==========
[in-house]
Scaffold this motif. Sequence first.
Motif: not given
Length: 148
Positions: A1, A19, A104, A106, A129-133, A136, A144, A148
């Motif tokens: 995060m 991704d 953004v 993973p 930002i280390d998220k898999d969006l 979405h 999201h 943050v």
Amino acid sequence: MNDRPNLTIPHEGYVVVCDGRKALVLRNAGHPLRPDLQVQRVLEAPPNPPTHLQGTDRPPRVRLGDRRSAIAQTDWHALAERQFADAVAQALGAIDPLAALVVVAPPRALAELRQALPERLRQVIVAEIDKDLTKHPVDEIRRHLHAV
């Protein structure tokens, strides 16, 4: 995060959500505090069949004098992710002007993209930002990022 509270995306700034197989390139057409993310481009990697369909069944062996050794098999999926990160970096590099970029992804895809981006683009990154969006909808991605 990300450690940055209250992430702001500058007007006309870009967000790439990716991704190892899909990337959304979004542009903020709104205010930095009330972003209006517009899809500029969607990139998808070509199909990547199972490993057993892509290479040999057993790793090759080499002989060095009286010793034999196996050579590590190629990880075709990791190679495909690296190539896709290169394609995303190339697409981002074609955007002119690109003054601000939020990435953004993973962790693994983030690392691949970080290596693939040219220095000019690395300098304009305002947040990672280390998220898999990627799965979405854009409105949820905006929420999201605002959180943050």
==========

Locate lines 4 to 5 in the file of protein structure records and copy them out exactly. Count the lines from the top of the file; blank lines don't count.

Length: 148
Positions: A1, A19, A104, A106, A129-133, A136, A144, A148